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Employees' emotional reactions to promotion decisions: The role of causal attributions and perceptions of justice

Shay S. Tzafrir (Faculty of Social Welfare and Health Sciences, University of Haifa, Haifa, Israel)
Shlomo Hareli (Faculty of Social Sciences and Graduate School of Management, University of Haifa, Haifa, Israel)

Career Development International

ISSN: 1362-0436

Article publication date: 14 August 2009

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Abstract

Purpose

The purpose of this paper is to highlight the interplay among promotion decision, emotions, and perceptions of organizational justice.

Design/methodology/approach

The paper adopts Weiner's attribution theory of motivation and emotion, using it as a tool in the analysis. By using this framework, this paper analyses potential positive and negative emotional, and consequently, behavioral reactions of promoted and non‐promoted employees. The analysis focuses on emotional reactions as a function of the cause and the process for the decision in question from the subjective perspective of the employee whose fate is determined by that decision.

Findings

This paper suggests that the decision and the process of promotion can lead to the experience of a myriad of discrete emotional states. It contends that such emotional reactions are resulting from considerations of justice related to the perceived causes of the promotion decision and the process that lead to it.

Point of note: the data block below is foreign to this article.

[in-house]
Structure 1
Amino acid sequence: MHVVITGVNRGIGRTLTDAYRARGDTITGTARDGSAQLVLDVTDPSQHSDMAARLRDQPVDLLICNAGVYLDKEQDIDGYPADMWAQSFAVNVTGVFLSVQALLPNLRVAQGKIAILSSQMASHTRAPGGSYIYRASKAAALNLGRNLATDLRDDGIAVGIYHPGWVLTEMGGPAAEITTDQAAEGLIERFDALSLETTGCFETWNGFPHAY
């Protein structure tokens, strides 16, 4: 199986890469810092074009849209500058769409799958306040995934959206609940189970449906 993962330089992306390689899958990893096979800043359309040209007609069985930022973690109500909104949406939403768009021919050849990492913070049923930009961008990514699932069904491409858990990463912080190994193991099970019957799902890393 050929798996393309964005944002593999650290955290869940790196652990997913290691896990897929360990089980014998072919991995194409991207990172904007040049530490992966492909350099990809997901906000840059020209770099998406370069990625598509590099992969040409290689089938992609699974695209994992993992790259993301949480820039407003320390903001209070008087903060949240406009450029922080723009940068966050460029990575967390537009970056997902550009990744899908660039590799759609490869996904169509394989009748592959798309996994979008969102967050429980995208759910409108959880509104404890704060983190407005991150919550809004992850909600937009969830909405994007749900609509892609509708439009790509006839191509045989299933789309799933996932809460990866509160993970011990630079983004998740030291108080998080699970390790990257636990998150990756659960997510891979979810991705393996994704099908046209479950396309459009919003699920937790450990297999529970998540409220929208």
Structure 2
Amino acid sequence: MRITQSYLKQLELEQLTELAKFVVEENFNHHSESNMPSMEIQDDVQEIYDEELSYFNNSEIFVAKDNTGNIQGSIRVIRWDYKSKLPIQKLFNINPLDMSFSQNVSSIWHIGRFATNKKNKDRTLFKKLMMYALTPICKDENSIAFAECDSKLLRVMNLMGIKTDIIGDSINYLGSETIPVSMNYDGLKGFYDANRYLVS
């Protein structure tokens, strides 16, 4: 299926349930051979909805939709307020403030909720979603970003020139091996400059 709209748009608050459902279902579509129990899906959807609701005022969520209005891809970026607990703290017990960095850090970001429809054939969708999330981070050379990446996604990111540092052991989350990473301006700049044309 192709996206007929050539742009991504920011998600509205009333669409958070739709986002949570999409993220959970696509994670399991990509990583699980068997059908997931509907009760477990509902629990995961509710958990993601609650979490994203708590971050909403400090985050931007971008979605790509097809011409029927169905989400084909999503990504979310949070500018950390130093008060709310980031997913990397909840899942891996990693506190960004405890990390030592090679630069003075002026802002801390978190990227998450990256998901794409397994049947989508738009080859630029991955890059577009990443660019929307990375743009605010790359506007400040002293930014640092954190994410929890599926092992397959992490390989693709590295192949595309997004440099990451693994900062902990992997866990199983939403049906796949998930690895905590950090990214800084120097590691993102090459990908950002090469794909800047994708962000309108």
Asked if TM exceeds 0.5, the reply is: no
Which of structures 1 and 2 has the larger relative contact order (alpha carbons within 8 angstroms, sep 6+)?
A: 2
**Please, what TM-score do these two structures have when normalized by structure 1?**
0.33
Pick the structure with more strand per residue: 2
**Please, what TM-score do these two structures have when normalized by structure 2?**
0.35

Originality/value

By integrating attribution theory of emotion and motivation with considerations of justice, this paper analyses the conditions that lead to specific emotions in employees who are promoted and non‐promoted, showing that procedural and interactional justice serves as carriers of attributions (i.e. causal information).

Keywords

Citation

Tzafrir, S.S. and Hareli, S. (2009), "Employees' emotional reactions to promotion decisions: The role of causal attributions and perceptions of justice", Career Development International, Vol. 14 No. 4, pp. 351-371. https://doi.org/10.1108/13620430910979844

Publisher

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Emerald Group Publishing Limited

Copyright © 2009, Emerald Group Publishing Limited

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